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|Guido C Mora|
|Universidad Andres Bello, Chile|
|ScientificTracks Abstracts: J Clin Res Bioeth|
|Salmonella enterica serovars, in spite of sharing a highly similar genomic content, exhibit a fundamental difference in the range of host they infect and in the disease they cause. Some serovars such as Salmonella typhimurium, are called generalist because they infect several mammalian hosts and other, such as Salmonella typhi, are called specialist because their target is one and only host, in this case the human being. S. typhi causes typhoid a systemic infection which is a potentially lethal disease in contrast to S. typhimurium causing a self-limited gastroenteritis, rarely lethal. The evolution of S. typhi towards a strictly human pathogen may have arisen by acquisition of new functions, loss of functions, or by a combination of both mechanisms. It is understandable that the gain of function can provide a selective advantage to a bacterium in a particular environment. Nevertheless, the loss of functions also can drive pathogen evolution, either by eliminating a function that reduces growth in a particular niche or by the energy savings associated with eliminating a function that is no longer needed. Therefore, our working hypothesis is that the difference in the disease caused in humans by S. typhi and S. typhi and S. typhimurium is due to, at least in part, by the gain and/or loss of functions. This presentation will be dedicated to show that pseudogenization or the erosion of some genes may modify bacterial functions leading to a better fit in its host because the study of pathogenic mechanisms are hampered by the nature of its host. Our approach is to work with culture cell lines. This presentation will be dedicated to show the effect of two interesting pseudogenes, sseJ and marT. In S. typhimurium both are active genes encoding SseJ and MarT. The former corresponds to an acyltransferase/lipase that participates in Salmonella containing vacuole biogenesis in human epithelial cell lines and is needed for full virulence of S. typhimurium. On the contrary, our work suggest that sseJ inactivation in S. typhi has important role in the systemic infection. The latter is a transcriptional regulator as part of marT-fidL operon located at SPI-3. Our work shows that S. typhi expressing S. typhimurium marT-fidL exhibited an increased accumulation of reactive oxygen species (ROS), leading to a decreased survival in presence of H2O2 that also affected survival within macrophage-like cells. The genes loss included in this presentation are supporting the notion that pseudogenization in S. typhi is to gain a better fit and virulence in its host.|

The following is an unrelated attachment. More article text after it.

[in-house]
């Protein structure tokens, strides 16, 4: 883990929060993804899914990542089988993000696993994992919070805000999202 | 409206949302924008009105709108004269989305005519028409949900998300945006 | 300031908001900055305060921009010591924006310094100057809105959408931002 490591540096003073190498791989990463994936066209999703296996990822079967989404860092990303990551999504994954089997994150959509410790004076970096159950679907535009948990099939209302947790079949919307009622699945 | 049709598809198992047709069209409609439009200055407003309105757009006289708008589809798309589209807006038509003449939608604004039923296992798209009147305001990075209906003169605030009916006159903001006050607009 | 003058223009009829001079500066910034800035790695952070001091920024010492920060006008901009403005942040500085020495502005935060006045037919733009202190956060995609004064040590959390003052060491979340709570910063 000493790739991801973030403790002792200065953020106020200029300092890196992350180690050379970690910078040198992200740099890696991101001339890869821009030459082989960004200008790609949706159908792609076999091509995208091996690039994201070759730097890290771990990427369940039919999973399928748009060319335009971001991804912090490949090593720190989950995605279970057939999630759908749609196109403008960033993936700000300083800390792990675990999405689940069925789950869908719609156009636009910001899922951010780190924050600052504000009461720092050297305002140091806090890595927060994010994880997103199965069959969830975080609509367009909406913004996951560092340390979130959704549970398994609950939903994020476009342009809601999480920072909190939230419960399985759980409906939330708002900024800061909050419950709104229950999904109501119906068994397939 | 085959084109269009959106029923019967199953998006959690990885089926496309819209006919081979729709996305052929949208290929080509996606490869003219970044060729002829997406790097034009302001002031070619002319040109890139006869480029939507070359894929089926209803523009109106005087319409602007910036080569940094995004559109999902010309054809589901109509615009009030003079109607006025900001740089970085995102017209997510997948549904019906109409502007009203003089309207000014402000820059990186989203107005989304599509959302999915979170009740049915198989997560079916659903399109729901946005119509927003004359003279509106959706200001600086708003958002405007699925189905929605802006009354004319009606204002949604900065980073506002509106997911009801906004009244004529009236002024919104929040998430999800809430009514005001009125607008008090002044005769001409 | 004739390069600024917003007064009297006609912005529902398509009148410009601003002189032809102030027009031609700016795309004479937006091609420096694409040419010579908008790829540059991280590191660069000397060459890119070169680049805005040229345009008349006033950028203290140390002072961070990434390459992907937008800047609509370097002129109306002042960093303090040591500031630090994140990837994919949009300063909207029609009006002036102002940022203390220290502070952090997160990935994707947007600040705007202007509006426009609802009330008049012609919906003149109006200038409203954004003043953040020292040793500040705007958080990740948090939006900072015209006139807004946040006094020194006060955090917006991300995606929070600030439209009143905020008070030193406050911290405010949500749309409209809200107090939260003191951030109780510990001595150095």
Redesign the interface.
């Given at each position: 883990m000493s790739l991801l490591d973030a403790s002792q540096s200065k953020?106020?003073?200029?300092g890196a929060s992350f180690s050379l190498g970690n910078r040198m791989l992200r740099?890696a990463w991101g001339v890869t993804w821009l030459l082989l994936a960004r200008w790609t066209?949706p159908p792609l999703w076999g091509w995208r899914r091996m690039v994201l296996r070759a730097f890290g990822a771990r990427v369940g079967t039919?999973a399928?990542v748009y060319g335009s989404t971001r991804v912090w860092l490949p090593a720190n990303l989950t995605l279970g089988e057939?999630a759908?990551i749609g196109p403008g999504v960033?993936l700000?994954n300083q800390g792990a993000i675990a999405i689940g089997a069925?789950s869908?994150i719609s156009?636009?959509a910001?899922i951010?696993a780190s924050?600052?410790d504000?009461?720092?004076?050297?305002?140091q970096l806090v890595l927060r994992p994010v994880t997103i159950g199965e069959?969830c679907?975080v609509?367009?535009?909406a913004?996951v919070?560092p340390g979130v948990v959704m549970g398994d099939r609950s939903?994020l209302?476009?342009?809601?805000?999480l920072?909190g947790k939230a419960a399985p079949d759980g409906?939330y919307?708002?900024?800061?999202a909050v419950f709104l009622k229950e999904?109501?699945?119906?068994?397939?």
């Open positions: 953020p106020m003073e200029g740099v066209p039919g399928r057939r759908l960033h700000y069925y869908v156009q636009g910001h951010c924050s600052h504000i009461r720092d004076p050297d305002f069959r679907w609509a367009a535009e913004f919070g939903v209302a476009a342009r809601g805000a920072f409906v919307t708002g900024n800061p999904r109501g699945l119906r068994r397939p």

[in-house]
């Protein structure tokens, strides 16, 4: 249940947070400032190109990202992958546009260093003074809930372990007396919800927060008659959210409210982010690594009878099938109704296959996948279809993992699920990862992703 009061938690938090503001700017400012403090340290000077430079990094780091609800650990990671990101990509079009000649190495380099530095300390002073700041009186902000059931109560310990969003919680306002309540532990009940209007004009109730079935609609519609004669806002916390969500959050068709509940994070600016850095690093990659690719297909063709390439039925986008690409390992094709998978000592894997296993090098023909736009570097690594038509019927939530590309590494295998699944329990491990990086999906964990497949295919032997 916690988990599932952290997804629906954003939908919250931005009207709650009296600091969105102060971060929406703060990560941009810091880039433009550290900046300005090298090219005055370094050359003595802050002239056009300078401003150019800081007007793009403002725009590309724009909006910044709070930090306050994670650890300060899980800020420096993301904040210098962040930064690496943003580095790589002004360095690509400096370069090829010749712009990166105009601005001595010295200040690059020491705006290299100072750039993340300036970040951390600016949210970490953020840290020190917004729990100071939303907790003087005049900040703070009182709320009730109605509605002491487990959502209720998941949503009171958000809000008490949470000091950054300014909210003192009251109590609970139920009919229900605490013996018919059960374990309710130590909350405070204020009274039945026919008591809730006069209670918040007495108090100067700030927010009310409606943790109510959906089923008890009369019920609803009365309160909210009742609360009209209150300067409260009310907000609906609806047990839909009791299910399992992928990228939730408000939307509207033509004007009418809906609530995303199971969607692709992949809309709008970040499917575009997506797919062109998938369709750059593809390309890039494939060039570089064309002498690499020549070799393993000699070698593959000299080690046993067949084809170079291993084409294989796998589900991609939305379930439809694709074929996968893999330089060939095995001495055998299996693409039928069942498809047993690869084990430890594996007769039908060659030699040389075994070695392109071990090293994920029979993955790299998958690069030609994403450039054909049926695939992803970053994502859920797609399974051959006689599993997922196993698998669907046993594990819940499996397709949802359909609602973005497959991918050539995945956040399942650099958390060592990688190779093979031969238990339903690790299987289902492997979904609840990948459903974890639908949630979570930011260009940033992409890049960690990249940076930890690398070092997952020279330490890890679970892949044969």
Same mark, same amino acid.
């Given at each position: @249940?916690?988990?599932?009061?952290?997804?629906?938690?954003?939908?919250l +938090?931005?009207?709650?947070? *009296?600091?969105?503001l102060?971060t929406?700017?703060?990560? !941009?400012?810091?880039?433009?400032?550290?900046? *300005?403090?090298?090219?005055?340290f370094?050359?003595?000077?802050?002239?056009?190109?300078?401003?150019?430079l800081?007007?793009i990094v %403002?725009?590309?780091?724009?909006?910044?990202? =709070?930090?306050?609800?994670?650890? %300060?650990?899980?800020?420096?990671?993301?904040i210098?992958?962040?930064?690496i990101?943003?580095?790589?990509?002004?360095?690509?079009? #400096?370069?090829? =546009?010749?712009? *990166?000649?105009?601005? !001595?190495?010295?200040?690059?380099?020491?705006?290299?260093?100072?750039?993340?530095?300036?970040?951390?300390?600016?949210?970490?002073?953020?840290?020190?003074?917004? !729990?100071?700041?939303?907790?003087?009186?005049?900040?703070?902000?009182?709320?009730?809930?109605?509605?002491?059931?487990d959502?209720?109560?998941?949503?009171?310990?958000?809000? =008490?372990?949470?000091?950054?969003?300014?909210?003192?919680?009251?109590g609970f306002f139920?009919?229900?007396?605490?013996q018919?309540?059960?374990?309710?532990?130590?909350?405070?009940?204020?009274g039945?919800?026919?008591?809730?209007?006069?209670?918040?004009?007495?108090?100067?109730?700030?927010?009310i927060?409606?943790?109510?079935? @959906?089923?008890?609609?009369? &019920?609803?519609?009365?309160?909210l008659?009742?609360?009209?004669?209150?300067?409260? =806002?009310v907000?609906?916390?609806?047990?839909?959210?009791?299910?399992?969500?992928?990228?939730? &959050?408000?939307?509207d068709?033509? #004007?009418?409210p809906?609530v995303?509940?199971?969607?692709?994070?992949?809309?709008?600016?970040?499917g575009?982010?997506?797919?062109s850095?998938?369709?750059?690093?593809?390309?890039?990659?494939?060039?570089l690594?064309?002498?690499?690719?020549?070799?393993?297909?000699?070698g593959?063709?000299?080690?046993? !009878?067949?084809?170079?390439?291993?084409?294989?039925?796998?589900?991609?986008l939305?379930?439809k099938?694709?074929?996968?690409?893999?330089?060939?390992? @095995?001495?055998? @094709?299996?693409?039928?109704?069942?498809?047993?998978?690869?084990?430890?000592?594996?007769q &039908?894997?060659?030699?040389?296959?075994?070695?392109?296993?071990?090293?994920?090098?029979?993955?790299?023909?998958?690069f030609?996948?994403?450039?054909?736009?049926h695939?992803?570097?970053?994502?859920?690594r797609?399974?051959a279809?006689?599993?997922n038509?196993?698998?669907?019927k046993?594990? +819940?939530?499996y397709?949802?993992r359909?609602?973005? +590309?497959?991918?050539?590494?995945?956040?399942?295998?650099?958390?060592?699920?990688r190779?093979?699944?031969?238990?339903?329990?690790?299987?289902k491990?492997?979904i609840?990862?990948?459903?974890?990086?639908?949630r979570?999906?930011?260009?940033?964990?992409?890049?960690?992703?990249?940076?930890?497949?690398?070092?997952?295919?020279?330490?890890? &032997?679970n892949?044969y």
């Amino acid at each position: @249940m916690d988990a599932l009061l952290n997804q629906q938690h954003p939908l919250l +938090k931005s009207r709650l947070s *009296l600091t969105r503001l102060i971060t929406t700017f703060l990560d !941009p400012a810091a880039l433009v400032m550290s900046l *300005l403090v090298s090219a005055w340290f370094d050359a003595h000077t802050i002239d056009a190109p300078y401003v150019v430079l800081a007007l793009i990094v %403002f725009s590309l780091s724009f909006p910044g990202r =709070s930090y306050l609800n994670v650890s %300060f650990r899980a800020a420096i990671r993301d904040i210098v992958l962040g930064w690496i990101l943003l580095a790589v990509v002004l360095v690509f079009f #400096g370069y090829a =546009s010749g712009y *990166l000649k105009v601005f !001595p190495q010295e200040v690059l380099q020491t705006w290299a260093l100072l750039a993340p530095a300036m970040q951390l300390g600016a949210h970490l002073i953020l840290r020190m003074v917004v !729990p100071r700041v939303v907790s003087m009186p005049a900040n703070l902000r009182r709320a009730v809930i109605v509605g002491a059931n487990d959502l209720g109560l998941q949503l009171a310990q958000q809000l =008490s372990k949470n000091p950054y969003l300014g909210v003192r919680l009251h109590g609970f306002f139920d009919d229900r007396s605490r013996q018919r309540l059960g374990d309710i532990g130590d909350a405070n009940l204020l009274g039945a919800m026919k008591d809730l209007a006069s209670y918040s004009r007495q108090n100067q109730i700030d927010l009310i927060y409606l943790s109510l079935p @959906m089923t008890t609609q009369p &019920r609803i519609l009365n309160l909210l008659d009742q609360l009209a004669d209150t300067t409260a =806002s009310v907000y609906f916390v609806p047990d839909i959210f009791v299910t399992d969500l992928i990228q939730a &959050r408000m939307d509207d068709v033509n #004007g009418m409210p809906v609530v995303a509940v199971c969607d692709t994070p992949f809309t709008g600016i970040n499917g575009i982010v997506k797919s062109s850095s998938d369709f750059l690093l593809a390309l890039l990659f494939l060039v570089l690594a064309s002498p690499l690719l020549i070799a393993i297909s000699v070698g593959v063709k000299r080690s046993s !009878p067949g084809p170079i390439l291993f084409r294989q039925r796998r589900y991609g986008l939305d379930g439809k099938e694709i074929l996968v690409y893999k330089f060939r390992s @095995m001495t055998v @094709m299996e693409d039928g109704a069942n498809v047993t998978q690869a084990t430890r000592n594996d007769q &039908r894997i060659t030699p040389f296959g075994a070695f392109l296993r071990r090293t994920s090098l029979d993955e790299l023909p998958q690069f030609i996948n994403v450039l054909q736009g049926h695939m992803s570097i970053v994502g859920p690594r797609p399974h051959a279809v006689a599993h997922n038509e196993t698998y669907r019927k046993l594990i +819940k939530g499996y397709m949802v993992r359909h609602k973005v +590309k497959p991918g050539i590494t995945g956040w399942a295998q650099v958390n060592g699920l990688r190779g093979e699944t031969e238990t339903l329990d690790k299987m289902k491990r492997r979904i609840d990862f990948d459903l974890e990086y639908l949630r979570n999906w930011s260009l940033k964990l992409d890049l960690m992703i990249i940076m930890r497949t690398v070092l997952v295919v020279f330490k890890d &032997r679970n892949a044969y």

Guido C. Mora is working as an full professor, microbiology, School of Medicine, Universidad Andrés Bello, and adjunct professor San Diego state university previously he was the dean of ecology and natural resources 2007-2011, In 2009 he was the ambassador, American society for microbiology for Chile, Argentina, Uruguay y Paraguay his research includes the clinical research, microbiology, biochemistry, he participated in various national & international conferences all around the world. He published many articles in the reputed journals.
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